transform.forward = foo;
is basically a shortcut for
transform.rotation = Quaternion.LookRotation(foo, Vector3.up);
ie. it's not turning just one component of the orientation, it's forming a whole new orientation from scratch, discarding anything that came before.
Since a single vector is not enough information to fully determine the orientation, it assumes you want the local up vector to align as best it can with the global y+ axis,
(0, 1, 0)
When you do this every frame, and then try to
transform.Rotate() incrementally afterwards, that incremental rotation doesn't have an opportunity to accumulate over subsequent frames. In the next frame it will just be replaced by the orientation computed from the forward vector, and you'll only ever get a single frame's worth of twist added on afterward. Since frames can vary in duration, this creates the vibration you're seeing.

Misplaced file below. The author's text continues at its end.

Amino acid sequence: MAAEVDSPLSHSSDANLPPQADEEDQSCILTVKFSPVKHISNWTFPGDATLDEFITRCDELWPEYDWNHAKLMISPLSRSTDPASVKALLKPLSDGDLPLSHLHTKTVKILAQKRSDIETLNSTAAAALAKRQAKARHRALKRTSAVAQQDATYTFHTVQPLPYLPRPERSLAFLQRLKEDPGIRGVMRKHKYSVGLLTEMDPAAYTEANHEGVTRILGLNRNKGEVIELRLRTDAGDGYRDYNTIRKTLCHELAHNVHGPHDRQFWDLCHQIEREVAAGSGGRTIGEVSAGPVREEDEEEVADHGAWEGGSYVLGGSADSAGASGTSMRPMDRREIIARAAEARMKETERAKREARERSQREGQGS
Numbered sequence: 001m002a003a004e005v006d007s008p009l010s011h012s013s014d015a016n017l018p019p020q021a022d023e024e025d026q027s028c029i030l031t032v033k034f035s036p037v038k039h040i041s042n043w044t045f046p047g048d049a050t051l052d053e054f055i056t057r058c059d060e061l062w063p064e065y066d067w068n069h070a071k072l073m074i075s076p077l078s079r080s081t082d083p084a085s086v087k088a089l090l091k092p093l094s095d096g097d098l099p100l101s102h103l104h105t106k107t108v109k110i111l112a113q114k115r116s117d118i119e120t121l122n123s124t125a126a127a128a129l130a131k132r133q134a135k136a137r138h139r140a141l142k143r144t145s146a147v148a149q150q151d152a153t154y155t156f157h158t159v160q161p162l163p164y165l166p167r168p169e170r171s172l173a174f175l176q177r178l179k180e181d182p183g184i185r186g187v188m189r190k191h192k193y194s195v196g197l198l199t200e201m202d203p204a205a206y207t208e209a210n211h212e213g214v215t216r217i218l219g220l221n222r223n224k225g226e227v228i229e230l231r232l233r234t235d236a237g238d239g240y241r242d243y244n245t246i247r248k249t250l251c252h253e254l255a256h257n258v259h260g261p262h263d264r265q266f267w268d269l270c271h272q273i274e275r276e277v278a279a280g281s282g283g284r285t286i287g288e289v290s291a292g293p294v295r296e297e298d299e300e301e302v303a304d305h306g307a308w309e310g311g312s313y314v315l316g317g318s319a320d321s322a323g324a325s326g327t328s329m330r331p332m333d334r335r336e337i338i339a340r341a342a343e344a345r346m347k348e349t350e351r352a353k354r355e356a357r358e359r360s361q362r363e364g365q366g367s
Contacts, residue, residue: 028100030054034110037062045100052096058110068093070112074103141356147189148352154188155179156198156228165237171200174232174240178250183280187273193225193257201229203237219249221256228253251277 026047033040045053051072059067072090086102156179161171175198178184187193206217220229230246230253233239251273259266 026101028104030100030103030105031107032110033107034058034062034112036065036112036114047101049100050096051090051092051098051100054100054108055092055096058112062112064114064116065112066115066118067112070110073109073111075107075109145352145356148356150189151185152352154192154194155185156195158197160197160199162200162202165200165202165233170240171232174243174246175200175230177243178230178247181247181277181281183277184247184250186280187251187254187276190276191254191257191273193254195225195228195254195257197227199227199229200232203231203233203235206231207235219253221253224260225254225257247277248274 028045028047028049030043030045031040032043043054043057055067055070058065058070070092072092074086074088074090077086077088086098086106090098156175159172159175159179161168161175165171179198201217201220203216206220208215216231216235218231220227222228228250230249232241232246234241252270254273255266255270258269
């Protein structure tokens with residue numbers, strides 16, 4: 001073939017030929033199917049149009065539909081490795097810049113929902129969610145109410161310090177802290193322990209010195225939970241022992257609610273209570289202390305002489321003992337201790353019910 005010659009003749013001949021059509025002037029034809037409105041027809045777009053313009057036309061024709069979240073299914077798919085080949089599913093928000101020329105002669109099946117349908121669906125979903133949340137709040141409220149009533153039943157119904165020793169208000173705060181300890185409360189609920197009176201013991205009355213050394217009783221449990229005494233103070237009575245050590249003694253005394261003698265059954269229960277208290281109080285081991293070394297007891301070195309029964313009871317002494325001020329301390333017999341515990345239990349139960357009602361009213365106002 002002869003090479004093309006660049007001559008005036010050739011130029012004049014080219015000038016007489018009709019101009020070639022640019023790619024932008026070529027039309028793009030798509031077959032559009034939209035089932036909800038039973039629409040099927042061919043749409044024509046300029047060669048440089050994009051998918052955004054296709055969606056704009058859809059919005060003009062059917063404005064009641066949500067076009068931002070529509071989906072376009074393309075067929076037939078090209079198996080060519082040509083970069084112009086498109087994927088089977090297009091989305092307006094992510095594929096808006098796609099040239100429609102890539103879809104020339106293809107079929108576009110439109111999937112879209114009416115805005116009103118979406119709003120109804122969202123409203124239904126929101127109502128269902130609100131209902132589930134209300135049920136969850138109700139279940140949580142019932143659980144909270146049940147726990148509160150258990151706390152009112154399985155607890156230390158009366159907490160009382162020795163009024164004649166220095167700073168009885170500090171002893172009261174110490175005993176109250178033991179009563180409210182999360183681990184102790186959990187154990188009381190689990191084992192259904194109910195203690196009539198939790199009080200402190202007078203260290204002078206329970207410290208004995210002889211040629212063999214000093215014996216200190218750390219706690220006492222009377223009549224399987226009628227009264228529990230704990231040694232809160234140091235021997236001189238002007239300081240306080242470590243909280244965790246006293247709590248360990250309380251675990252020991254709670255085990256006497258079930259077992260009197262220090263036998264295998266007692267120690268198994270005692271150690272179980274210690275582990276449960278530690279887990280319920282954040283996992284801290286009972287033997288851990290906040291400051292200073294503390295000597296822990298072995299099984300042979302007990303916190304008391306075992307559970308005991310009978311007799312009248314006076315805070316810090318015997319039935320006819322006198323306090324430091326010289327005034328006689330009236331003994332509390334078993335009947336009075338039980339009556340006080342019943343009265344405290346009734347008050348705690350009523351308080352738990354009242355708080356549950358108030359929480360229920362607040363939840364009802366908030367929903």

So, instead you can do one of two things:
A) Track roll separately, and add it all at once.
m_RollAngle += m_RotateSpeed * Time.deltaTime * 500;
m_RollAngle = m_RollAngle % 350f;
transform.forward = m_Rigidbody.velocity;
transform.Rotate(0, 0, m_RollAngle);
B) Rotate your up vector, and form your new orientation using that.
var newUp = Quaternion.AngleAxis(m_RotateSpeed * Time.deltaTime * 500, transform.forward) * transform.up;
transform.rotation = Quaternion.LookRotation(m_Rigidbody.velocity, newUp);